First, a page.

Enumerating and examining marine animal carcasses is important for quantifying mortality rates and determining causes of mortality. Drifter experiments are one tool for estimating at‐sea mortality and determining factors affecting carcass drift, but they require validation to confirm drifters accurately replicate the drift characteristics of the species of interest. The goal of this study was to determine whether dummies constructed from car tires were appropriate substitutes for sea otter (Enhydra lutris) carcasses. We released 33 sets of targets (carcasses and dummies) in a one‐to‐one ratio on 15 randomly chosen dates between January 1995 and December 1996. They were telemetrically tracked until they beached or were no longer detected. Beaching rates were similar between carcasses (69.7%) and dummies (66.7%). Our results indicated that there was no statistical difference in the drifting pattern, as measured by distance traveled and location, between carcasses and dummies, and that cumulative wind speed, days since release, and release month were predictors of drift patterns. We concluded that dummies constructed from car tires do imitate sea otter carcasses and could be used to estimate at‐sea mortality of sea otters, or, if released during or after an oil spill, could be used to direct search efforts for carcasses.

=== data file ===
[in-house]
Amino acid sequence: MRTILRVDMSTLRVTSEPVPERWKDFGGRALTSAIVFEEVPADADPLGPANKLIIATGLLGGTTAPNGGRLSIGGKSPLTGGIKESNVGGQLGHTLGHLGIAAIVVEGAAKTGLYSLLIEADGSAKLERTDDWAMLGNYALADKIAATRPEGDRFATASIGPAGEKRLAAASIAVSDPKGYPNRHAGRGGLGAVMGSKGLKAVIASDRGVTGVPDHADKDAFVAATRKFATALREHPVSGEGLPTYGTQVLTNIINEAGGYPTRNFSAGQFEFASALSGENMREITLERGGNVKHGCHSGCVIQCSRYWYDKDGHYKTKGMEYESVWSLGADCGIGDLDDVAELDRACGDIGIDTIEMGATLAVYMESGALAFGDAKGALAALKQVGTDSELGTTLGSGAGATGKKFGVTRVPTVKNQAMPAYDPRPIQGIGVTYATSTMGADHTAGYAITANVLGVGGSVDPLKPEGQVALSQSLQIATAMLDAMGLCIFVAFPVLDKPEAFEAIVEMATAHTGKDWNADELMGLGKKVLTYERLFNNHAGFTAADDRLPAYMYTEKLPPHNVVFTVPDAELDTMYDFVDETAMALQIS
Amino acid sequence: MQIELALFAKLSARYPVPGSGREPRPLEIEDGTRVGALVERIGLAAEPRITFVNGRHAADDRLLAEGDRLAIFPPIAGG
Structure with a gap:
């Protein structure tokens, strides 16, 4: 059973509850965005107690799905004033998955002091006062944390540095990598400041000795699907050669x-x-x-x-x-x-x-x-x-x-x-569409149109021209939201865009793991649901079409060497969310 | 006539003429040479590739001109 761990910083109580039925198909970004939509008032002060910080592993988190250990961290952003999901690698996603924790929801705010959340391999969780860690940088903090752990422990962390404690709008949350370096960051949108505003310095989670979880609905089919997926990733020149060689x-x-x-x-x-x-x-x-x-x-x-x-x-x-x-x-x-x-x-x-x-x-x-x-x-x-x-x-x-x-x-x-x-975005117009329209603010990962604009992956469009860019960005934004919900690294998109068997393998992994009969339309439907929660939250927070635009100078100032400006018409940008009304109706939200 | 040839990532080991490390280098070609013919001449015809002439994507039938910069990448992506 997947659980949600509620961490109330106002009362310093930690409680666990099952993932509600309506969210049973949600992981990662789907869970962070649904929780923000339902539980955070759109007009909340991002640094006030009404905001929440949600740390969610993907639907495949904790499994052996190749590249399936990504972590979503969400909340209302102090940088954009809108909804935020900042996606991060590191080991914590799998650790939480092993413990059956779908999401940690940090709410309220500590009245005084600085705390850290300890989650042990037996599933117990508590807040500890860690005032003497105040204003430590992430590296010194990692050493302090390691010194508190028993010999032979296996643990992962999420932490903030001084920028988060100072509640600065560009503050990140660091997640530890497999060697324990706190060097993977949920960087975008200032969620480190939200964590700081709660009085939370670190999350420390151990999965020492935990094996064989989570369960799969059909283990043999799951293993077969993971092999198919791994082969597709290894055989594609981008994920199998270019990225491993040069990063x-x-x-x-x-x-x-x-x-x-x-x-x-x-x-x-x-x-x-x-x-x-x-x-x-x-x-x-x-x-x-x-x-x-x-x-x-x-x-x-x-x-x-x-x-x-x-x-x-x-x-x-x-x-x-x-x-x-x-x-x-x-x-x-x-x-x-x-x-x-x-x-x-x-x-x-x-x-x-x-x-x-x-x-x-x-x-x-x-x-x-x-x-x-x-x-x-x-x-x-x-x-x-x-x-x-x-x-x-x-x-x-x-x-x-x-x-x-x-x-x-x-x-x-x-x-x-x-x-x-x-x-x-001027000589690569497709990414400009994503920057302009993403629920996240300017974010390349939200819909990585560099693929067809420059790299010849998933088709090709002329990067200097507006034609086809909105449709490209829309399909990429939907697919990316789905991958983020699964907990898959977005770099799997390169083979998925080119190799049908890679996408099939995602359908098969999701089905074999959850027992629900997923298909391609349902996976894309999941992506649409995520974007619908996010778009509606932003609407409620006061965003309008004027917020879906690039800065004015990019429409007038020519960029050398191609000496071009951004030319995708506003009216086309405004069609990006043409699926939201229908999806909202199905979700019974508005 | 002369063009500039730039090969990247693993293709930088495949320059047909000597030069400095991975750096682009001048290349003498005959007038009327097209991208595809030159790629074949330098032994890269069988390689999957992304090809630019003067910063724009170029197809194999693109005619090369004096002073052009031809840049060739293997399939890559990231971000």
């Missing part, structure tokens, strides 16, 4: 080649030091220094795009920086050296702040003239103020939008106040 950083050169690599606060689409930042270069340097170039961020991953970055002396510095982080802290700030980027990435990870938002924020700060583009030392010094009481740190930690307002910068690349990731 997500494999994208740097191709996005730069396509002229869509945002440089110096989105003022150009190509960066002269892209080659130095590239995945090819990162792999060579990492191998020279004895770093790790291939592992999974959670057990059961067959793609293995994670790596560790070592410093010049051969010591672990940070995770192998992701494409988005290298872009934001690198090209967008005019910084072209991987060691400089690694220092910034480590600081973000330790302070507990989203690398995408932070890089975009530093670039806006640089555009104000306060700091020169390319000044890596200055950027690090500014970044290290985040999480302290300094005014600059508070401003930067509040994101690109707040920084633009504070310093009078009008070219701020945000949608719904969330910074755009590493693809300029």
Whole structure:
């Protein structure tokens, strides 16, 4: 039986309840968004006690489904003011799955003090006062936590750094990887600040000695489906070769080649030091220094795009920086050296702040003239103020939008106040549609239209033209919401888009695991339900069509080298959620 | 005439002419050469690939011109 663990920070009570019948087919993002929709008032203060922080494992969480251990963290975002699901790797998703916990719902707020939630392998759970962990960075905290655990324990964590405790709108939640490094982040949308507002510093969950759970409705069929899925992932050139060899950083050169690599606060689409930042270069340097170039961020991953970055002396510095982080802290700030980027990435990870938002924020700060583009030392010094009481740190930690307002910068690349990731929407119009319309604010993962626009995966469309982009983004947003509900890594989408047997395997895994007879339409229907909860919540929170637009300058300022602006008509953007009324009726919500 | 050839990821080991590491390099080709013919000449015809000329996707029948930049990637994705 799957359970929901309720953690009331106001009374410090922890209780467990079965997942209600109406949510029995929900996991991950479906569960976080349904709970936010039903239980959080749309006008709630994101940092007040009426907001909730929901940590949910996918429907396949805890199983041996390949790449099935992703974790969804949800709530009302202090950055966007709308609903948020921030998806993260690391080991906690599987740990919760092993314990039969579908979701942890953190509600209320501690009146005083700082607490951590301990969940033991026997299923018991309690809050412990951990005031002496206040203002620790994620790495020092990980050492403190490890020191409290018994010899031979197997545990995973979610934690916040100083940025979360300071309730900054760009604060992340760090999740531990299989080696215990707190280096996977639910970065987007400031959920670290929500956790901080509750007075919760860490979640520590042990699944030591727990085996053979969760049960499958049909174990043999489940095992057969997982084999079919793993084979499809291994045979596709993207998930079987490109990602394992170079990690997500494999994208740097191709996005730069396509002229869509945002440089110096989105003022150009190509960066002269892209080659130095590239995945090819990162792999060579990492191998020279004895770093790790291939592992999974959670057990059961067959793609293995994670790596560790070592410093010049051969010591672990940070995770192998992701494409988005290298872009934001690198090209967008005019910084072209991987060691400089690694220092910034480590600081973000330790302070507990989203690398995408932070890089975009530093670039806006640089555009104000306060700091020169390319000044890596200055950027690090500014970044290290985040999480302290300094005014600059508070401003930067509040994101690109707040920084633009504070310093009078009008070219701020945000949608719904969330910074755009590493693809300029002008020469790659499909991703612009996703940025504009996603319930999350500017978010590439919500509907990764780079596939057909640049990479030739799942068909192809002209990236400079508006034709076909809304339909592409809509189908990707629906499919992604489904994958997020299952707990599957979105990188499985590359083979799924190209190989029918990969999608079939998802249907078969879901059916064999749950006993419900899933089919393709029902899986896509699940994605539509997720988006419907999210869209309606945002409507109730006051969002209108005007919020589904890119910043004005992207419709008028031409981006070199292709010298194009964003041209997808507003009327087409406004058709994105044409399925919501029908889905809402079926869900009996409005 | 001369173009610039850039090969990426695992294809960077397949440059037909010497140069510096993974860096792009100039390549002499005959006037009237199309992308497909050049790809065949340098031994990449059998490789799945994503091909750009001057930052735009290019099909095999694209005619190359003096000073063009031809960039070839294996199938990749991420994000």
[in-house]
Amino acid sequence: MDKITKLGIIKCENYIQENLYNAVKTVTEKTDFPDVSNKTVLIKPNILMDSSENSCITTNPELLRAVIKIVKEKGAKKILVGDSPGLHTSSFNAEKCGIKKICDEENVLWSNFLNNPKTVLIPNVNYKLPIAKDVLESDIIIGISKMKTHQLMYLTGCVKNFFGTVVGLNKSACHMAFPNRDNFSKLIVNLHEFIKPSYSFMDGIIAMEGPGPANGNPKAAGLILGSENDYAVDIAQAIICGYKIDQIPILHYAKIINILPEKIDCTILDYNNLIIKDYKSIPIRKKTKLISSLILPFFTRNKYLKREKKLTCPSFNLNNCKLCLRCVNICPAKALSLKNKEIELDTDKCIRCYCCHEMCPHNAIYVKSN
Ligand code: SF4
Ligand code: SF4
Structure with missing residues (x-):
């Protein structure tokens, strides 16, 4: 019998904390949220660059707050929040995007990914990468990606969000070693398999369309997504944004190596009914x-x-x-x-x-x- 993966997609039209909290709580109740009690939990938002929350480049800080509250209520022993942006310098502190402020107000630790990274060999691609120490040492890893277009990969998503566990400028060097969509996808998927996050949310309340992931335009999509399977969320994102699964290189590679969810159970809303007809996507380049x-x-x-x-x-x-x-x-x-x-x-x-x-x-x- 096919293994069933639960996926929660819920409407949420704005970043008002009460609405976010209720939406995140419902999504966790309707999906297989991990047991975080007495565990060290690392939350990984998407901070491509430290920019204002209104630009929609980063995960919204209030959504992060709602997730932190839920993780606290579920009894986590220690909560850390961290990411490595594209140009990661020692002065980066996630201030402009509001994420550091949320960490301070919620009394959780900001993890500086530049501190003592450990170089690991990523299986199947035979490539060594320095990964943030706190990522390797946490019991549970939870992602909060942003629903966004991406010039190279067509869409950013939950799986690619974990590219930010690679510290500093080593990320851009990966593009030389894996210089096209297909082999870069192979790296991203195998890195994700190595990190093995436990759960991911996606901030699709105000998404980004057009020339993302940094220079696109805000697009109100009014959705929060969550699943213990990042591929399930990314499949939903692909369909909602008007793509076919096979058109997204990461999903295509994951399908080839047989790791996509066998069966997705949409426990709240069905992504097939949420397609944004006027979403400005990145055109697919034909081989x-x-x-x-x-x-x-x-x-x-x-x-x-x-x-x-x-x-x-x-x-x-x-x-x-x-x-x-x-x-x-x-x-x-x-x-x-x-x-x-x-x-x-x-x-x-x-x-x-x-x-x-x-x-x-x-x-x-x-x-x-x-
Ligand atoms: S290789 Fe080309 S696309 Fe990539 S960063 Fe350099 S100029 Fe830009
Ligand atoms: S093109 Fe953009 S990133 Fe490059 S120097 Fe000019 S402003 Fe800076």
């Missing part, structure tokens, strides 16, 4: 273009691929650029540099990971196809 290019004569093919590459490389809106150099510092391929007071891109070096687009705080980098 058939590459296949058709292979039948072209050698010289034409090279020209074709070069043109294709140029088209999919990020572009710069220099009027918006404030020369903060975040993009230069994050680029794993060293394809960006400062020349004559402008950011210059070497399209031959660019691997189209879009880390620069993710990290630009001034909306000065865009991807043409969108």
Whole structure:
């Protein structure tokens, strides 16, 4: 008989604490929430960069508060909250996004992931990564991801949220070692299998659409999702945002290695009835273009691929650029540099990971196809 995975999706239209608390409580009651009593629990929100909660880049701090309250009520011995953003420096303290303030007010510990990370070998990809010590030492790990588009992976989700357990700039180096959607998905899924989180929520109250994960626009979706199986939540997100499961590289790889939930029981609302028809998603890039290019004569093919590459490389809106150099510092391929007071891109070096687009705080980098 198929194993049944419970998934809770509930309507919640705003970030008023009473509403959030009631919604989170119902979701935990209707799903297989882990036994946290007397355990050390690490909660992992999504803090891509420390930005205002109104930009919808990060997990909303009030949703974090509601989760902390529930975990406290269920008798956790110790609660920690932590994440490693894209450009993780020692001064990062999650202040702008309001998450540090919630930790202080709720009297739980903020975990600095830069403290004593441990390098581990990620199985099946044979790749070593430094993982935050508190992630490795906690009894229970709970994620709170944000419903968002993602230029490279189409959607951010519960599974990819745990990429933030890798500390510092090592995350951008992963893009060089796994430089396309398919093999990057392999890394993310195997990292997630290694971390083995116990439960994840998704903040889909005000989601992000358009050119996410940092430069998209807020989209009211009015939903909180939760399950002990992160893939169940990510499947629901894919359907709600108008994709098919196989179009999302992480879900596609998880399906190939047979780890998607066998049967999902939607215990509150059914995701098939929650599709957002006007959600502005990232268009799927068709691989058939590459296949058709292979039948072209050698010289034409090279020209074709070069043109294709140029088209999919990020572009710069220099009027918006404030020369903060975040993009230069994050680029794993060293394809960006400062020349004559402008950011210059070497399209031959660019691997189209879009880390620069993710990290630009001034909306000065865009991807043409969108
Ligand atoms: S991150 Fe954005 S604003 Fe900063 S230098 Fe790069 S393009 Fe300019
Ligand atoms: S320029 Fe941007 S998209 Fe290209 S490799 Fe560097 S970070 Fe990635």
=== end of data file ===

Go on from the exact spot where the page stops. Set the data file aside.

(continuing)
Additional publication details
|Publication Subtype||Journal Article|
|Title||Drift and beaching patterns of sea otter carcasses and car tire dummies|
|Series title||Marine Mammal Science|
|Contributing office(s)||Western Ecological Research Center|
|Other Geospatial||Monterey Bay|
|Google Analytic Metrics||Metrics page|